Several years ago, our client was charged with his 2nd DUI during a ten-year period. His DUI chemical test showed a BAC of 0.21%, almost three times the legal limit. Despite the test, we were able to negotiate the charges down to a dry reckless. As a result, when he got arrested on a new DUI this year, it was charged as a first offense. After we prevailed on a motion to suppress the evidence of his breath test results on the new charges (which showed a BAC of 0.14%), the case against him was dismissed.
No jail time for DUI while on DUI probation
People v. A.K. (San Bernardino Superior Ct., Rancho Cucamonga, 2016)
While on probation for his first DUI, our client was arrested for an alleged second DUI. He refused to submit to a chemical test and a forced blood draw showed a BAC of 0.12%. After we filed a motion to suppress the blood test evidence, the DA agreed to let our client plead to a reckless driving with community labor only (no jail time).
DUI dismissed for violation of constitutional rights
People v. R.S. (Los Angeles Superior Court, West Covina, 2016)
Our client was charged with DUI after a traffic stop. His blood test showed a BAC of 0.20%, over twice the legal limit. We brought a Serna motion on his behalf, arguing that our client's constitutional right to a speedy trial had been violated. The judge agreed and dismissed the case.
License retained after DUI while on DUI probation
DMV v. J.G. (CA DMV and L.A. Superior Ct., West Covina, 2016)
After a traffic stop, our client was charged with DUI, refusal to take a chemical test, and assault on a police officer. A forced blood draw showed the client's BAC at 0.18%, over twice the legal limit. The client had several probation violations on his record and was looking at a two (2)-year revocation of his driving privilege, which would have cost him his job. We prevailed at his DMV hearing. And in his criminal case, were able to prevail on a motion to suppress the evidence. (That motion is currently being appealed by the District Attorney's office.)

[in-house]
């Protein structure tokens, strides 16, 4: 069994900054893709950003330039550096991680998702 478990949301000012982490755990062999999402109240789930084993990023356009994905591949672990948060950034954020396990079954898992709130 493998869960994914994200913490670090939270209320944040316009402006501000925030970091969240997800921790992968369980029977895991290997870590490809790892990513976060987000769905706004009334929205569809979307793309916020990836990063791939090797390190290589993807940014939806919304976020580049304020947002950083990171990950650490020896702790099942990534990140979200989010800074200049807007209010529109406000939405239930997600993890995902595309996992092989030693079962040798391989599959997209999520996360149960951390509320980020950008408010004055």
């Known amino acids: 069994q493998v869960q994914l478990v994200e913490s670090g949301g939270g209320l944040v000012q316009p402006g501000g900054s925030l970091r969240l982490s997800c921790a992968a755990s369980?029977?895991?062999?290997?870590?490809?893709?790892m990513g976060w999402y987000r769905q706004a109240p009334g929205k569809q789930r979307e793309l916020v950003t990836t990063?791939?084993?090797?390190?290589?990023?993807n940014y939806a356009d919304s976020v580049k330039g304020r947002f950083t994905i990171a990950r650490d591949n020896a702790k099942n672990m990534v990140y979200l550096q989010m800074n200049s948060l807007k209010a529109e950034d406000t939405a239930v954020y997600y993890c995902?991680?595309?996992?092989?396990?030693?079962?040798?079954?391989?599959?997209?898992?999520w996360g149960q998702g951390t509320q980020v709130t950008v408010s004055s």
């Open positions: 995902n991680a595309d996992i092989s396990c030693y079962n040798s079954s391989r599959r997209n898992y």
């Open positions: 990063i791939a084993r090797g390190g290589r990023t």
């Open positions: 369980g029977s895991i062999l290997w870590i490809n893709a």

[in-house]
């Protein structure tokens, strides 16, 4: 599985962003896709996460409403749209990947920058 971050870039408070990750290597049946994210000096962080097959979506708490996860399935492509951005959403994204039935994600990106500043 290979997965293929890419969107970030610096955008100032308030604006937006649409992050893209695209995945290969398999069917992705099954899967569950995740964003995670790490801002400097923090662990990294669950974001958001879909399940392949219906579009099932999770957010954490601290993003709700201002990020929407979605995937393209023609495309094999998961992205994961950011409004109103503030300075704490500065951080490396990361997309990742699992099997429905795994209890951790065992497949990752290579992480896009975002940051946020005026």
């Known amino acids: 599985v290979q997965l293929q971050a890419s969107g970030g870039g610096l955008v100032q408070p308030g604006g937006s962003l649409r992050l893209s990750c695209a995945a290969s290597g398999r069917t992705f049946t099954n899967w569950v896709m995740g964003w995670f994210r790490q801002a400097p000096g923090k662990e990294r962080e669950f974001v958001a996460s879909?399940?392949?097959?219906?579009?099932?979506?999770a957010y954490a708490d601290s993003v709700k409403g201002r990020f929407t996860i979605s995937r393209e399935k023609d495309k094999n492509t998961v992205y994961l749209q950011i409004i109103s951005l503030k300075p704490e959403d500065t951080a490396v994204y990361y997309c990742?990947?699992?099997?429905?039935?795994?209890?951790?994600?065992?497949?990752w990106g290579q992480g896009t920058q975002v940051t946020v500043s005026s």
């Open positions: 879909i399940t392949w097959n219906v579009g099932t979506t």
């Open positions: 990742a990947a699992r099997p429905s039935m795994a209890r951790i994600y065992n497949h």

No license suspension on DUI charges after accident
People v. A.L. (CA DMV and Los Angeles Superior Court, El Monte, 2016)
After a car accident, our client was arrested for DUI. Evidentiary breath tests showed a BAC of 0.10%. With the assistance of an expert witness, we prevailed at the client's DMV license suspension hearing. Shortly afterward, the DA agreed to let her plead to a lesser charge with no suspension of her driver's license.
Blood test excluded in DUI "Watson Murder" case
People v. J.F. (Riverside County, Southwest Justice Center, 2016)
Our client was charged with a second degree "Watson Murder" based on DUI. At the preliminary hearing, our office challenged the constitutionality of the blood draw. The Judge agreed that our client's blood had been obtained without a warrant or the client's consent. Therefore, the illegally obtained blood evidence was suppressed.
Successful challenge to DUI breath test
DMV v. AA (EL Segundo DMV hearing, 2016)
Our underage client was arrested after two preliminary breath tests showed a BAC reading of 0.26% and 0.18%, well above the legal limit of .01% for drivers under age 21. We challenged the validity of the results based on violations of proper California breath testing procedures. The client's DMV action was set aside and she retained her driver's license rather than losing it for a year.